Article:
Some women find the support, care and shelter of prison a safe place for them, away from abuse, violence and the cycle of addiction they may be experiencing. For these women, prison may offer a better experience than on the outside. However, more provisions need to be available outside of prison to prevent this revolving door. In Scotland, where small community units for women are an alternative to traditional prison, the results are already demonstrating a reduced reoffending rate. Reducing the revolving door effect will have an impact on society, economically and upon the women and her children.
During the lead-up to my time in the field, I trained as and volunteered with the charity Birth Companions (and continue to do so) which provides support for women who are pregnant in prison and those becoming mothers. The support is unconditional, non-judgemental and provided whether women are being separated from their babies or remaining with their child. Birth Companions led the development of the ‘Birth Charter’, which is a set of recommendations for the care of pregnant women and new mothers in prison, developed in consultation with service users and with guidance from the Royal College of Midwives and UNICEF UK Baby Friendly Initiative. The Birth Charter seeks to inform the Government’s review of the treatment of pregnant women in prison and their babies, and to improve current practice nationally.
The initial findings from my research echoes much of what Birth Companions have found over the years. Early outcomes demonstrate that there is a need for pregnant women in prison to feel less stressed and to have their pregnancy needs met regardless of their crime, and whether or not they are being separated from their babies or joining a Mother and Baby Unit. There are some examples of good practice in some of our prisons, such as one prison where women have 24-hour phone access to a midwife, food packs and pregnancy and early parenting groups run by charities. There are also examples of staff compassion and kindness, with some going out of their way to make women feel safe, secure and supported, especially when going on escort when a woman is in labour. Nevertheless, we do need consistency in all of our prisons and to benchmark the very best practice. The Birth Charter is an excellent place to start.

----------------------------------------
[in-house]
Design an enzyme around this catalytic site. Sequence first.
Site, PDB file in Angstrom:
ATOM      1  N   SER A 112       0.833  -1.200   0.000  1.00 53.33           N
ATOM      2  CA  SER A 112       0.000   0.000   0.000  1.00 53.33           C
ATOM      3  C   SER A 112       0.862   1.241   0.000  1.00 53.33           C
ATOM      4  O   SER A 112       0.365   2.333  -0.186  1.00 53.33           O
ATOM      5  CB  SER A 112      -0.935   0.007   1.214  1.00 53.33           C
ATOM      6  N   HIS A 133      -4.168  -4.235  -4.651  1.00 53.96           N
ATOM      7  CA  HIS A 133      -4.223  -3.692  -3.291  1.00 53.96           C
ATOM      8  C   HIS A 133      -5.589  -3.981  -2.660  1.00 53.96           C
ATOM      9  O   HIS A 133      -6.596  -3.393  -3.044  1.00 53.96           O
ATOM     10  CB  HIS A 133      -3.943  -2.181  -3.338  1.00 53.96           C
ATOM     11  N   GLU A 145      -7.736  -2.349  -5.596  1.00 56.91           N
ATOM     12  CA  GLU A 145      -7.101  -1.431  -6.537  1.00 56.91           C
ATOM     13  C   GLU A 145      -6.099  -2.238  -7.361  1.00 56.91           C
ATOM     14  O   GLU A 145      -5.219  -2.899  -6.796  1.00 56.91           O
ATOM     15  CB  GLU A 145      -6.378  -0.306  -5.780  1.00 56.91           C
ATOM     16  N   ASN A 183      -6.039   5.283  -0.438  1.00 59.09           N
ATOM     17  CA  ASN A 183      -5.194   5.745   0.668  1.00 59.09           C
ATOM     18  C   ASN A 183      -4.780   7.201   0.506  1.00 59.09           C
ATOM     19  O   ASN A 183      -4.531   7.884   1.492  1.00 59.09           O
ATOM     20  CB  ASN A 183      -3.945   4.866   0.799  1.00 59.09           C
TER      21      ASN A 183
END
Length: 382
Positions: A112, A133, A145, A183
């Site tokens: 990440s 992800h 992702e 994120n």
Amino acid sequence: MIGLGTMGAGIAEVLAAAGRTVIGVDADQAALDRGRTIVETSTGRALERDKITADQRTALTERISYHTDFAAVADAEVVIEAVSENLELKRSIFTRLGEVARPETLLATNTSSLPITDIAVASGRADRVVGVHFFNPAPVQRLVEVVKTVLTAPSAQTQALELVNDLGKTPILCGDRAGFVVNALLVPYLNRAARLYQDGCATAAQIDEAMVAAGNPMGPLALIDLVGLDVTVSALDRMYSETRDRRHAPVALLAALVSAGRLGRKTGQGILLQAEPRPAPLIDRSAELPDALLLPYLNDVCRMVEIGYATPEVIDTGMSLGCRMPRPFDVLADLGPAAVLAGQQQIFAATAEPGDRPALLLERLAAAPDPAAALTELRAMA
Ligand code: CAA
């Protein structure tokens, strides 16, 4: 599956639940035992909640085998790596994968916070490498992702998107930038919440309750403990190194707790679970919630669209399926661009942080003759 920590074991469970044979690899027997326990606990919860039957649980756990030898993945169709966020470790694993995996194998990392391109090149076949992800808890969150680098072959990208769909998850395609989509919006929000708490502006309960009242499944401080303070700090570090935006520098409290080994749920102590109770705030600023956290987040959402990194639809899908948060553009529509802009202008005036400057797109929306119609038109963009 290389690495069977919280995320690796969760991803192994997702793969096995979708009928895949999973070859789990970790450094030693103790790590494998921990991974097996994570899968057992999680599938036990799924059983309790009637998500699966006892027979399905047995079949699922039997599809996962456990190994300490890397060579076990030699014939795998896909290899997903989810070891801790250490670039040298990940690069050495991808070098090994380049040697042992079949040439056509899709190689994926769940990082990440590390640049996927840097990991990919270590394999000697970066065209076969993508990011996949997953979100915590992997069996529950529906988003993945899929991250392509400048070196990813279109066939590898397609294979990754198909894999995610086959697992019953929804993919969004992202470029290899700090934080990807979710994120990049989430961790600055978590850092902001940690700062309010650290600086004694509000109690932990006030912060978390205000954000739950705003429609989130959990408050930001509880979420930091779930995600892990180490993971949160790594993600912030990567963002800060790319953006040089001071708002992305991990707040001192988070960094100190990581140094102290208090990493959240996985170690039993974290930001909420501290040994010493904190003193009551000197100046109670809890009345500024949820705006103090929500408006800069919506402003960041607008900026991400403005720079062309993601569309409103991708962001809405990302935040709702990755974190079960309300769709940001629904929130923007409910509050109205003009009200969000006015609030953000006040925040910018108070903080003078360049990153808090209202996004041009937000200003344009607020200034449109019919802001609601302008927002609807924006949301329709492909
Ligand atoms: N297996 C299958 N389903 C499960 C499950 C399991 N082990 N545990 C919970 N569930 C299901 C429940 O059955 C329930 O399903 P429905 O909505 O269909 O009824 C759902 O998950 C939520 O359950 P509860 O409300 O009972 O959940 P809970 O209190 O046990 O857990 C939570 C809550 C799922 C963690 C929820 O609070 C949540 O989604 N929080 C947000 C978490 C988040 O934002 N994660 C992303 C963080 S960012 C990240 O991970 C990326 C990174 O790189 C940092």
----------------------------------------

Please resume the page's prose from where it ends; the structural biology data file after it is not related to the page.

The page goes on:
Albertson, K., O’Keeffe, C., Burke, C., Lessing-Turner, G., & Renfrew, M. (2014). Addressing Health Inequalities for Mothers and Babies in Prison. Health and Inequality: Applying Public Health Research to Policy and Practice, 39.
Kennedy, A., Marshall, D., Parkinson, D., Delap, N., & Abbott, L. (2016). Birth Charter for women in prison in England and Wales.
O’Keefe, C., & Dixon, L. (2015). Enhancing Care for Childbearing Women and their Babies in Prison.
Photo: by Karla Nur, prisoners knitting baby clothes, Kazakhstan.